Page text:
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Research Article
Open Access Peer-reviewed

Marginalization of the Pastoralist Pokot of North Western Kenya

Beneah M. Mutsotso
World Journal of Social Sciences and Humanities. 2018, 4(2), 69-74. DOI: 10.12691/wjssh-4-2-1
Published online: July 31, 2018

Abstract

The pastoralists Pokot have for over a century suffered systemic marginalization and neglect by successive governments of Kenya. The paper presents who the pastoralist Pokot are, where they live, origin, forms and manifestations of social marginalization they suffer. The paper traces the origin of the neglect and argues that the colonial government passed over the marginalization to the post independence government of Kenya with little or no change in perception. It utilizes diffusion of innovations theory by Everett Rogers to explain the lack of adoption of government/western ways of life which then, became the basis of marginalization. The paper draws upon primary, archival and other secondary data to demonstrate the social marginalization.

1. Introduction

This paper focuses on the pastoral Pokot (pipatich or people of cattle) who occupy the lower and drier territory of East Pokot of Baringo County and lower sections of West Pokot County. They number 950,609 (2.5%) of the national population according to the 2009 national population census 1. They are differentiated from their agricultural brethren (pipapagh or people of grains) who occupy the highlands of West Pokot County in north western Kenya. This research was undertaken in July – November 2016 in East Pokot sub-county and the lower parts of West Pokot sub- County particularly Pokot Central, Pokot North and Pokot South administrative regions. The pastoral Pokot have been studied by quite eminent researchers including 2, 3, 4, 5, 6, 7, 8 but marginalization has not been presented. 9 discussed the impoverishment of pastoralists in Kenya and Uganda in general. This paper is focused on the pastoralist Pokot in particular. The Pokot are part of the Kalenjin group of the southern Nilotic and live in the north western part of Kenya 10. They subsist largely on herding traditional livestock (mainly cattle) unlike the pipapagh who live on agricultural produce 11. The pastoral Pokot are the enemies of the Marakwet 12 and efficient aggressors of the Karamojong and Turkana 13. 14 termed the East Pokot as the Suk. Their original name was Suk, which was a Maasai nickname for ignorant cultivators who lived on the hills. They broke off from the original Nandi settlement on Mount Elgon and represent the most primitive form of the Nandi. Initially they lived in the region towards the western end of Cherangani hills at Mount Sekerr before they descended to the drier plans. After some experience with the Karamojong and Turkana they acquired many of their cultural practices. The most prominent acquisitions were cattle, singing, baboon dance and sapana rite of passage 13. Their original diet was mainly agricultural produce, honey and game. Initially they could not come to the plains because the Samburu could not allow them in the Kerio valley and the Turkana to the north- west. When the Samburu left the Kerio Valley and moved eastwards, this allowed the pastoral Pokot to descend from the hills to occupy the land vacated by the Samburu 2. 17 Presented the East Pokot that their cattle wealth makes them rank above the Maasai as the most opulent Africans and their interests outside cattle were negligible. The negligibility of things outside cattle most strongly informed the coinage of the cattle complex phrase 3.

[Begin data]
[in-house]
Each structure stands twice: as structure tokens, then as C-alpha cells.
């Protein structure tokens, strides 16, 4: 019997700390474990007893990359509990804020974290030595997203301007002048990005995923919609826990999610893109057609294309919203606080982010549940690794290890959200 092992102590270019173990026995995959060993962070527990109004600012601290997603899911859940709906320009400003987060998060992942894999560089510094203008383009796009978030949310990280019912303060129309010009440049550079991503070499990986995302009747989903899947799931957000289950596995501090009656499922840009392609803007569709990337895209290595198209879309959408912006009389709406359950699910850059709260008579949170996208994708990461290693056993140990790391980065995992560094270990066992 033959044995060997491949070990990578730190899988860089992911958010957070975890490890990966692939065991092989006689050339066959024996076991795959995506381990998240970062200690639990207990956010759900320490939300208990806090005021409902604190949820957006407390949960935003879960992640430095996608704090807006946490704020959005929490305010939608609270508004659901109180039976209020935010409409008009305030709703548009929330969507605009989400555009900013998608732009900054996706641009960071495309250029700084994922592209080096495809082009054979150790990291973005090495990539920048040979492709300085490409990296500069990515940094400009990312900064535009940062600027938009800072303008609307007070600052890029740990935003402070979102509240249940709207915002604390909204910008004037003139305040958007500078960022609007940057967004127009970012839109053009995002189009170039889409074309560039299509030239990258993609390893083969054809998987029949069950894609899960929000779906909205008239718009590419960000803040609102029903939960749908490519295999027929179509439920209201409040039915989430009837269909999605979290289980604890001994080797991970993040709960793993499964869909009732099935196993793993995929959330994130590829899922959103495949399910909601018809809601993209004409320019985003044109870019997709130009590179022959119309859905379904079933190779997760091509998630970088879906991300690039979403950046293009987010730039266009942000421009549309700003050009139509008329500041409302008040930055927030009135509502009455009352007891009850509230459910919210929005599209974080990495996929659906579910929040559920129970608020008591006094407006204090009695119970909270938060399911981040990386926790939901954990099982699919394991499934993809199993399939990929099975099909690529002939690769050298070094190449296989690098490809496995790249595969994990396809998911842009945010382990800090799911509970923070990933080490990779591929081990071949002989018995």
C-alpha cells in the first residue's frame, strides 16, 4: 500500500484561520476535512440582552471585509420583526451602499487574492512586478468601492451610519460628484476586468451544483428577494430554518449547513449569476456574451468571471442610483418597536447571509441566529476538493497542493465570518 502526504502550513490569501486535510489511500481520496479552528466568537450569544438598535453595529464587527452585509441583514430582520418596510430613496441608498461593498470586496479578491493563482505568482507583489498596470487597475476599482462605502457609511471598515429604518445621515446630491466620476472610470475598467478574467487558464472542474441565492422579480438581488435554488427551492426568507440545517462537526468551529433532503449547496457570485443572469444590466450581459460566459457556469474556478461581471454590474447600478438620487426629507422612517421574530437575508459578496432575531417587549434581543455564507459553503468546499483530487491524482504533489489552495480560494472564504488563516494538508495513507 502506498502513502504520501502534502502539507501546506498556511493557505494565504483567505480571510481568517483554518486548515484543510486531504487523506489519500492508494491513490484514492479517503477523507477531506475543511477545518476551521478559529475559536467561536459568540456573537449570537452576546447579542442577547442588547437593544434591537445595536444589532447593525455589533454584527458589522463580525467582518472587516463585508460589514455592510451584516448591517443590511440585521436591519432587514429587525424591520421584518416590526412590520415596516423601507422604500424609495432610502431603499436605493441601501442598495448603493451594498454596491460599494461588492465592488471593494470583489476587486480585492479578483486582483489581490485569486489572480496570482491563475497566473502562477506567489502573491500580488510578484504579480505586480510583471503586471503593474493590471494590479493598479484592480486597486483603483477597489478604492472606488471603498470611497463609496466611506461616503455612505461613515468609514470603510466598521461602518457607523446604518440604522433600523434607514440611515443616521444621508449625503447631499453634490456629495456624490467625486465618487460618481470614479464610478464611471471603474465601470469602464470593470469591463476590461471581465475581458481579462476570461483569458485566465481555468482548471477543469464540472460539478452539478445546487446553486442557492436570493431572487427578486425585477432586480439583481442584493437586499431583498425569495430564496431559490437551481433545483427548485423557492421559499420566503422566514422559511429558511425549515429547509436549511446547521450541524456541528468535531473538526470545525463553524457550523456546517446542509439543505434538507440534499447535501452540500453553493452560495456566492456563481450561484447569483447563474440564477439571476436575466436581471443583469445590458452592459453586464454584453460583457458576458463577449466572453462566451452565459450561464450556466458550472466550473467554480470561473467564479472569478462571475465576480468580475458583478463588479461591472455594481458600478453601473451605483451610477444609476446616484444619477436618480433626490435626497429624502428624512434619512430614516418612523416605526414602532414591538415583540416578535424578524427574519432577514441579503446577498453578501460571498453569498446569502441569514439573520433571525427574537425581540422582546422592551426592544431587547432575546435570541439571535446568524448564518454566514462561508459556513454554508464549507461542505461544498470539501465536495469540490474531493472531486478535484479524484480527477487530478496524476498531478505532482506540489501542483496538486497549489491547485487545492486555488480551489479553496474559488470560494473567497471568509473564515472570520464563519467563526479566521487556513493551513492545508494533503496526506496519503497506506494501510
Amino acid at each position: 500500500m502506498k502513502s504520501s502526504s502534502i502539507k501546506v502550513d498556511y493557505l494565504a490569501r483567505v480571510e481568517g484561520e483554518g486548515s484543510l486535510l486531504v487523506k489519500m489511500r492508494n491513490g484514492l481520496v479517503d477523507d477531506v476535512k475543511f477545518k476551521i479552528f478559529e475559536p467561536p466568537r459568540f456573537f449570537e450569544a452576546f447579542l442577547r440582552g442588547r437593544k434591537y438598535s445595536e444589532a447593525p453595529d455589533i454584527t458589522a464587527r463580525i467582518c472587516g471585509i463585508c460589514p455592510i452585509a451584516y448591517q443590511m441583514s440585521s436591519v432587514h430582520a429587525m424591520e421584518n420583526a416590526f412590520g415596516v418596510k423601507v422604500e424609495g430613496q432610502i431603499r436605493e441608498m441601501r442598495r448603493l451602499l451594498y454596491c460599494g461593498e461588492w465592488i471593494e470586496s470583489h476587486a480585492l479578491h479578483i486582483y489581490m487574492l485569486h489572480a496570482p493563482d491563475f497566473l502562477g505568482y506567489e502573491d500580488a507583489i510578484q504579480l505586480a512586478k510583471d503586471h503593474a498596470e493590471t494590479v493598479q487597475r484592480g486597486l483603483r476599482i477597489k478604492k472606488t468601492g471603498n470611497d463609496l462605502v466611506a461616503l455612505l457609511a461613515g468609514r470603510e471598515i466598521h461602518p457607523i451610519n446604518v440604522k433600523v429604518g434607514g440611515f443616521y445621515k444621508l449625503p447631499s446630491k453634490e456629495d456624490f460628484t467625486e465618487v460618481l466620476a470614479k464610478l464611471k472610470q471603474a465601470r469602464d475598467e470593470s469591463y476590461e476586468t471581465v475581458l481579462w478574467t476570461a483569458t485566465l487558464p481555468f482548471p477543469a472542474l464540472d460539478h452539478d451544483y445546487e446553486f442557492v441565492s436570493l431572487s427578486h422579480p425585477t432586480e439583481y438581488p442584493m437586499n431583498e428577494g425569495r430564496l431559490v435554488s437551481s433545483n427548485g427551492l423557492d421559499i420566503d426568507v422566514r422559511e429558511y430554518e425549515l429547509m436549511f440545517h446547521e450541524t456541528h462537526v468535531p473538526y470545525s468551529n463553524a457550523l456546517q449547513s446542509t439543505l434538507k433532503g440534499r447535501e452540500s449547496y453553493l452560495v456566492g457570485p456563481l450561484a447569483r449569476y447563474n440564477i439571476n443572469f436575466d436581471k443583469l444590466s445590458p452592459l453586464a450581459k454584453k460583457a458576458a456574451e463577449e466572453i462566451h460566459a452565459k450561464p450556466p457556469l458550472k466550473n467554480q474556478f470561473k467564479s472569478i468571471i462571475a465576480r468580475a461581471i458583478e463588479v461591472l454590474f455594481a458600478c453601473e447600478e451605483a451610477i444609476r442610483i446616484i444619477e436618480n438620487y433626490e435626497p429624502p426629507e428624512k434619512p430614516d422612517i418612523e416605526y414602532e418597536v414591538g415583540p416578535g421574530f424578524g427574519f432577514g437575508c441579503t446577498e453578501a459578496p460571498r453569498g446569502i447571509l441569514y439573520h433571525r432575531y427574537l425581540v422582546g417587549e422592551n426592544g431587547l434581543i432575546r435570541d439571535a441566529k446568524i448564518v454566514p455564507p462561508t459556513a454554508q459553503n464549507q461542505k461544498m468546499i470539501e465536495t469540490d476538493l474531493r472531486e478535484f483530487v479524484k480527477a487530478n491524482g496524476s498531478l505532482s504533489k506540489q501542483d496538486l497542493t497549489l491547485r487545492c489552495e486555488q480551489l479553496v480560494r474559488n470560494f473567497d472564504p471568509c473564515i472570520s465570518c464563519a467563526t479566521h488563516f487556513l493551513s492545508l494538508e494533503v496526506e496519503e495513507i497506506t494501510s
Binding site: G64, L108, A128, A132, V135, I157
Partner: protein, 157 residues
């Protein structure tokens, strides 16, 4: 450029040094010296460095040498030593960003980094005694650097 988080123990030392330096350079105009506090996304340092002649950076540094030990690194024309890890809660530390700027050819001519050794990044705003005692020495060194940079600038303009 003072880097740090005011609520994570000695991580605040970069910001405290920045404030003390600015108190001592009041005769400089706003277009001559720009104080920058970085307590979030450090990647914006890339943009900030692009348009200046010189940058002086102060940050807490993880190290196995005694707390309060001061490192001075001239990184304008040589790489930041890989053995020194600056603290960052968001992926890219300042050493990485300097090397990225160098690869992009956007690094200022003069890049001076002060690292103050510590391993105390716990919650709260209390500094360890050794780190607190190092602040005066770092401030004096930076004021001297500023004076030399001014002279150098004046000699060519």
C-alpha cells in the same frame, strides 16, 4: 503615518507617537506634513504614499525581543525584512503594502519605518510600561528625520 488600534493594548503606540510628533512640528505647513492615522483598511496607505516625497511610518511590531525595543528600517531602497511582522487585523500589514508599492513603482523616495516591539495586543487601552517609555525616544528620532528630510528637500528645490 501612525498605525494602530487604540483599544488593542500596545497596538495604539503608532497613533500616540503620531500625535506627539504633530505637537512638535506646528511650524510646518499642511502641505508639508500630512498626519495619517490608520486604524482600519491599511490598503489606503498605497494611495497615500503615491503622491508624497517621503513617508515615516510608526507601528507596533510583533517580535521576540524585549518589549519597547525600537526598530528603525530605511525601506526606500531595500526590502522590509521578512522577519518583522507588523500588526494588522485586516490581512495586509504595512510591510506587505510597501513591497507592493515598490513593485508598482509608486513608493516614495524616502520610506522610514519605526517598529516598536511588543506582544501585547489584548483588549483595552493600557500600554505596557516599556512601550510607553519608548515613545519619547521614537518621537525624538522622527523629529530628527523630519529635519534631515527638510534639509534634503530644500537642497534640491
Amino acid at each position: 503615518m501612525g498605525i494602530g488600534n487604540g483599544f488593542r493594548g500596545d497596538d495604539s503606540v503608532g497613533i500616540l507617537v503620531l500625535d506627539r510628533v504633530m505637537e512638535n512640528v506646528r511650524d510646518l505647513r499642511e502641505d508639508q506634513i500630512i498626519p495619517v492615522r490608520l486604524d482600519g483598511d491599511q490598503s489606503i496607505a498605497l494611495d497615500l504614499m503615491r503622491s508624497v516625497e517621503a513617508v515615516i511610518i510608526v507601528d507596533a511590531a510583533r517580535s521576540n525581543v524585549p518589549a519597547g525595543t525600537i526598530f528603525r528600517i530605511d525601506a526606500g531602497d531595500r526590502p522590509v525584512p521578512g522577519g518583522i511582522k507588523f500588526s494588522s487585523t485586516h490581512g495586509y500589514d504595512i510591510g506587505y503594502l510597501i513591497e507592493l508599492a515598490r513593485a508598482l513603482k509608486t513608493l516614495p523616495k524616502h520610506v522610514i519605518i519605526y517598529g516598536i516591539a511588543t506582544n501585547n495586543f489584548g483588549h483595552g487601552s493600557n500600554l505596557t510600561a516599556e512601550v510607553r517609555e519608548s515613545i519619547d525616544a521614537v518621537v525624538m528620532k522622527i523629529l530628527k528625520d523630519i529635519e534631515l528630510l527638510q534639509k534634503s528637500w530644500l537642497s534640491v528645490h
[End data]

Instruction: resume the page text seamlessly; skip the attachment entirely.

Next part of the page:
1.1. Origins of Marginalization